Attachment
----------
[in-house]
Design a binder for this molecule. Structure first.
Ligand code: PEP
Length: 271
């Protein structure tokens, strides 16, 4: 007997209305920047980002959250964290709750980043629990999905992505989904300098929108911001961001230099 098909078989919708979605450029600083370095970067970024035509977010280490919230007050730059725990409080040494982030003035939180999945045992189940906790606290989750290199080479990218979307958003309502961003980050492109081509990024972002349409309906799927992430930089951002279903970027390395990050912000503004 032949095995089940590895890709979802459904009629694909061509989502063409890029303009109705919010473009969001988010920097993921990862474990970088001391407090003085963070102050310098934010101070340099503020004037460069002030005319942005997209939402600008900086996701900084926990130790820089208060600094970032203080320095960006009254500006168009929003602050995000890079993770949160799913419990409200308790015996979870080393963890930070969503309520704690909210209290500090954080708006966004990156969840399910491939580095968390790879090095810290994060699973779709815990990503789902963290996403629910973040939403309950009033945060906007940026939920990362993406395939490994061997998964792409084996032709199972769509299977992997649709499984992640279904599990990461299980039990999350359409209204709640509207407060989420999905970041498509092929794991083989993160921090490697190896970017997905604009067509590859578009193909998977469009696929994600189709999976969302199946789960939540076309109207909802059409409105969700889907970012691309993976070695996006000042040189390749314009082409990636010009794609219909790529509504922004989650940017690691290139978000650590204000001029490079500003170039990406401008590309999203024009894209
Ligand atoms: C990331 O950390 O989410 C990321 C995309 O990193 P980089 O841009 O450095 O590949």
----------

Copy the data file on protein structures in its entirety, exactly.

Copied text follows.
[in-house]
Design a binder for this molecule. Structure first.
Ligand code: PEP
Length: 271
């Protein structure tokens, strides 16, 4: 007997209305920047980002959250964290709750980043629990999905992505989904300098929108911001961001230099 098909078989919708979605450029600083370095970067970024035509977010280490919230007050730059725990409080040494982030003035939180999945045992189940906790606290989750290199080479990218979307958003309502961003980050492109081509990024972002349409309906799927992430930089951002279903970027390395990050912000503004 032949095995089940590895890709979802459904009629694909061509989502063409890029303009109705919010473009969001988010920097993921990862474990970088001391407090003085963070102050310098934010101070340099503020004037460069002030005319942005997209939402600008900086996701900084926990130790820089208060600094970032203080320095960006009254500006168009929003602050995000890079993770949160799913419990409200308790015996979870080393963890930070969503309520704690909210209290500090954080708006966004990156969840399910491939580095968390790879090095810290994060699973779709815990990503789902963290996403629910973040939403309950009033945060906007940026939920990362993406395939490994061997998964792409084996032709199972769509299977992997649709499984992640279904599990990461299980039990999350359409209204709640509207407060989420999905970041498509092929794991083989993160921090490697190896970017997905604009067509590859578009193909998977469009696929994600189709999976969302199946789960939540076309109207909802059409409105969700889907970012691309993976070695996006000042040189390749314009082409990636010009794609219909790529509504922004989650940017690691290139978000650590204000001029490079500003170039990406401008590309999203024009894209
Ligand atoms: C990331 O950390 O989410 C990321 C995309 O990193 P980089 O841009 O450095 O590949």